The purpose of these Speciality Coffee Associations was to promote the third wave coffee movement, but many involved in the industry felt there was a possible conflict of interest in play.
Some Associations took membership and sponsorship money from corporate coffee chains that didn’t always use ‘specialty grade coffee’,” recalls Les Kuan. “A lot of these companies were using commodity grade coffee, yet calling themselves specialty coffee purveyors simply because they served lattes and cappuccinos. This led to more confusion around what the definition of ‘specialty coffee’ truly was.
“You would go to a coffee show hosted by various Specialty Coffee Associations and you would see a huge banner across the front of the building saying that the event was sponsored by a non-specialty coffee company ,” says Jamie van Dam, instructor from the Canadian Barista Institute.
“Third wave café owners had this false idea that large corporate coffee companies were spurring forward the movement of artisan coffee,” says Les Kuan. “But in reality they were controlling it, not supporting it. They weren’t trying to make the third wave coffee movement expand, they were protecting the status quo.”
The birth of the fourth wave coffee snob
The early days of the third wave coffee movement were successful ones because third wave cafes were dedicated to brewing quality, fresh coffee and providing a customer experience that was a combination of education, hospitality and speed.
But somewhere along the way the third wave coffee movement mutated into what is referred to as the fourth wave coffee movement, a movement where the focus is clearly on the coffee and not the customer experience.
“The fourth wave side tracked the momentum of the third wave,” says Les Kuan. “The person running the café had this notion that they had to look cool, be rude and their service was supposed to be slow. Once I actually had a barista look me right in the eye and say, ‘people will wait for good coffee’. That’s what fourth wave shops thought a true artisan café was supposed to be.”
One could argue that pretentious café owners were more concerned with pleasing their peer group than their customers.
“To put it in perspective, it’s as simple as cup sizes,” explains Les Kuan. “Somehow it was not cool if you served a coffee bigger than 6 oz. If you ordered a large coffee--one bigger than the size of your hand-- they looked at you like you were an idiot. So what that did is send a lot of customers running back to Starbucks, especially in small town Saskatchewan. We had people who tried to open up fourth wave artisan shops there, basically coffee snob shops, and they got run out of town. People would walk in for a new, positive coffee experience and instead got lectured and, in some cases, belittled.”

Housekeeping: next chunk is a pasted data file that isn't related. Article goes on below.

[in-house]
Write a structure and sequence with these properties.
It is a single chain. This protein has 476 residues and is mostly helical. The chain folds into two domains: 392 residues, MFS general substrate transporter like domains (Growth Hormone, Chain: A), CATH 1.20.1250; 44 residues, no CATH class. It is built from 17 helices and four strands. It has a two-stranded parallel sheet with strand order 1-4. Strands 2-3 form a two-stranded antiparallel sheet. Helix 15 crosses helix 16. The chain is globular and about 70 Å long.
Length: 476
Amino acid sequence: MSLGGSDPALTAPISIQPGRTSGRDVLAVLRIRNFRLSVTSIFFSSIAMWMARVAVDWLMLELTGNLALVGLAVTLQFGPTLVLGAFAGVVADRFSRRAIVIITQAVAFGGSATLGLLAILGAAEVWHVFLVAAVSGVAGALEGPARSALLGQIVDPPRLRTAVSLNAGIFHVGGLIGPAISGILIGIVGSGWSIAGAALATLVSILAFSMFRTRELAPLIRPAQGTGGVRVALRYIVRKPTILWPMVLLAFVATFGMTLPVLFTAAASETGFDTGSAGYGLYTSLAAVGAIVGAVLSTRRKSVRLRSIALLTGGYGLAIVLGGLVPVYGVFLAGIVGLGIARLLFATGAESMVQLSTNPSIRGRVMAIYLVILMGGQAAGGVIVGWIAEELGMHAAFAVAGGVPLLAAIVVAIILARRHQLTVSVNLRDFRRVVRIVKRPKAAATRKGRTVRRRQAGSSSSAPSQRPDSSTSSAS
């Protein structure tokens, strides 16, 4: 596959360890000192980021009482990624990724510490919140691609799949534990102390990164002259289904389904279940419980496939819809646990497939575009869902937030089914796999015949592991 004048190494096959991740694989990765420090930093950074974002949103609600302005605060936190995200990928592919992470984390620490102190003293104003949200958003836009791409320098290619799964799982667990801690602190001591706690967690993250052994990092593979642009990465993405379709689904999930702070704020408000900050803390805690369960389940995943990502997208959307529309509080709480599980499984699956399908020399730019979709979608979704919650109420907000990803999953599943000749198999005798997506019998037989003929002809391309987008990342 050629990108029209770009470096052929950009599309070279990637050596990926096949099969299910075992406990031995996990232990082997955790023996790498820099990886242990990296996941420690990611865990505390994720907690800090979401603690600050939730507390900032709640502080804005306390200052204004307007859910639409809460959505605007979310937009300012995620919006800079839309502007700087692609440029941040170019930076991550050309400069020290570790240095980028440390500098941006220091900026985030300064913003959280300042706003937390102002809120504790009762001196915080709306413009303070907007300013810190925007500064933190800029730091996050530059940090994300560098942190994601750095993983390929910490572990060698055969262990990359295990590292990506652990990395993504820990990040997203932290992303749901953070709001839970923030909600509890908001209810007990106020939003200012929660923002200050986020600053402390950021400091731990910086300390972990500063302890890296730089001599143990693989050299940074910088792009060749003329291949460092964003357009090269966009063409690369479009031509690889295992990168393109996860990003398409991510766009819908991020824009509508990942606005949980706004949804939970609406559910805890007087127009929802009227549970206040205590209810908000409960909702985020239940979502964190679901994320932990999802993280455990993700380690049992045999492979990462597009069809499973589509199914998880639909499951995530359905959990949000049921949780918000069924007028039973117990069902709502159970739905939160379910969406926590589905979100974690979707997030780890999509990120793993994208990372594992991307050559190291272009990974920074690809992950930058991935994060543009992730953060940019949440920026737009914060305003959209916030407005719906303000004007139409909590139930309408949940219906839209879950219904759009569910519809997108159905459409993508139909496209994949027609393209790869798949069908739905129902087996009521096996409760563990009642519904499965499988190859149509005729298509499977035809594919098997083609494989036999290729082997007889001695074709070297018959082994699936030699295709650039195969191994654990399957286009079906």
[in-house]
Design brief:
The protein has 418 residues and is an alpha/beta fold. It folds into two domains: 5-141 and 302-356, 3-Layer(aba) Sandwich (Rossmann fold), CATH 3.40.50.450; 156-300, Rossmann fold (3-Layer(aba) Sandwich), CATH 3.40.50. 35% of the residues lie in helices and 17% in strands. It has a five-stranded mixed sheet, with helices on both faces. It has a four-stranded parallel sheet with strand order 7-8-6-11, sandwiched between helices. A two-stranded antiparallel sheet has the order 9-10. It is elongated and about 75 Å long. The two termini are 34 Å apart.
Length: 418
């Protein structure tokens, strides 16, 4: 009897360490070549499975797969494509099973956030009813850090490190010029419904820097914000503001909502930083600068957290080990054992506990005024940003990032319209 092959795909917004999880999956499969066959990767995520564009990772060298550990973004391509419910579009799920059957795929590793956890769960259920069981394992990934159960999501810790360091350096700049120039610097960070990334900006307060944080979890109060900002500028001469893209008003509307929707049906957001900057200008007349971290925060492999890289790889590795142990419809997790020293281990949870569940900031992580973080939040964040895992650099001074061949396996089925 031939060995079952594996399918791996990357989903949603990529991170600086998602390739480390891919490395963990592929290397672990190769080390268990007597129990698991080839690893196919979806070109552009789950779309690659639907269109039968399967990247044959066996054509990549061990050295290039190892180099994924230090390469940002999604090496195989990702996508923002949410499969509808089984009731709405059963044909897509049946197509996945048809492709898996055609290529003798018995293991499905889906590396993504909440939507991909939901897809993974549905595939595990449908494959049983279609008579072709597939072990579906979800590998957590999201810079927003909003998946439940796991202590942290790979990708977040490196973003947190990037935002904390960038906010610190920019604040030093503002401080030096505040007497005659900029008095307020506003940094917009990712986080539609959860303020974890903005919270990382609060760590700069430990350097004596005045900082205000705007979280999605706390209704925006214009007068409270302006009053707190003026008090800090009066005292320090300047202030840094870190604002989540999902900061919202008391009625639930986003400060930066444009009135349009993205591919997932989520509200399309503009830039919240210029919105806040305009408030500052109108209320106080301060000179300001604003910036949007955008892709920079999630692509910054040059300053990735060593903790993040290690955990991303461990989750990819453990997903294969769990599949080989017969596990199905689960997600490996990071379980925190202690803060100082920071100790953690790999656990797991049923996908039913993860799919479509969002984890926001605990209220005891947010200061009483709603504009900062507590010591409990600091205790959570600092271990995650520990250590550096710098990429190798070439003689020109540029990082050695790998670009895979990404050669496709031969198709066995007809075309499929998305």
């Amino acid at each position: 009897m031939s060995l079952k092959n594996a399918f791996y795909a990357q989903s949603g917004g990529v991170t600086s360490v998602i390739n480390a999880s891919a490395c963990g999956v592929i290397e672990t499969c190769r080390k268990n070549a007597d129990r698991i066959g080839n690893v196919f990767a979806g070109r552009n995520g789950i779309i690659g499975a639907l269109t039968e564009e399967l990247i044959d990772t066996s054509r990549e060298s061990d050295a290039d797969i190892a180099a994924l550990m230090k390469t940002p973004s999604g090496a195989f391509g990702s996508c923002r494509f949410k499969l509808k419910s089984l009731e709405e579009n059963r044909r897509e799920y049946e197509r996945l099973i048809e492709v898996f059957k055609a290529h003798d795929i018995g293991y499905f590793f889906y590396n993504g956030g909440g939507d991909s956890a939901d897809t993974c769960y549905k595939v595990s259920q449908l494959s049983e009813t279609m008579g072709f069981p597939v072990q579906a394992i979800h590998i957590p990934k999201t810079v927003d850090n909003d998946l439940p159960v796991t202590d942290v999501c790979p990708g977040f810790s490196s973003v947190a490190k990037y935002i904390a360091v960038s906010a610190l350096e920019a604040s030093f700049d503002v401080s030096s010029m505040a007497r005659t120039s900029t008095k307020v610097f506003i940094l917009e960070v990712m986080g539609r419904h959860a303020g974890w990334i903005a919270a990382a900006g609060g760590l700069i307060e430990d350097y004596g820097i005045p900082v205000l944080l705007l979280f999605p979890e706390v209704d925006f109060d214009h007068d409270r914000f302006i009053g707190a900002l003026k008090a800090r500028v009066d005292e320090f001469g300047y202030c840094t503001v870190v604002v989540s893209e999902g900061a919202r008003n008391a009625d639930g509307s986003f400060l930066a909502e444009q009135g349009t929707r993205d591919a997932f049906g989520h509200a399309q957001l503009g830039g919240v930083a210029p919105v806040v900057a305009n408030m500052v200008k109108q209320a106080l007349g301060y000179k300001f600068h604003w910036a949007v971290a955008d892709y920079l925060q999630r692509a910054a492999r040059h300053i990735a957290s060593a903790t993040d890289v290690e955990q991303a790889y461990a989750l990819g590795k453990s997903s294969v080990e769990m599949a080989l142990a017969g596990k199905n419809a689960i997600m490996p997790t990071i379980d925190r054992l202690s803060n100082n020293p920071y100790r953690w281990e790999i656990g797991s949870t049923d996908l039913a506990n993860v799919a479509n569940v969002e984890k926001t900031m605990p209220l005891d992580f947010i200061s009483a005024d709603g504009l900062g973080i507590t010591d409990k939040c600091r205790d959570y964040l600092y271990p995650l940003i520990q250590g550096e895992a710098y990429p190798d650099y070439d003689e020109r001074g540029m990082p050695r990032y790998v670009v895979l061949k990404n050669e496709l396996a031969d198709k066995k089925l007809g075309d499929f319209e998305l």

How to get the Third Wave Coffee Movement back on track
So is the third wave coffee movement even still happening?
“It is. It’s still rising,” confirms Les Kuan, “but the rate of the rise has slowed. The premise is still there but the execution leaves much to be desired. As Matthew said, it’s more than just the coffee, it’s the entire experience. In concentrating so much on the coffee aspect of it many cafes have totally forgotten the customer experience side.”
One customer experience area that needs to see a dramatic improvement is the speed of service.
“Speed is definitely the tell-tale thing,” says Les Kuan. “Basically all of your artisan coffee shops compared to our previous standards are way slower.”
“I’ll go into a café now and it’s impossible to see anyone make four coffees within five minutes,” points out Matthew Lee.
Operating at a slower pace turns off customers.
“It doesn’t matter if you're a second wave, third wave or fourth wave coffee shop; the customer that hasn’t got his coffee yet is the most impatient (important) person on the planet. That’s why, as much as a lot of café owners want to turn coffee into a slow movement thing, it just gets no traction.”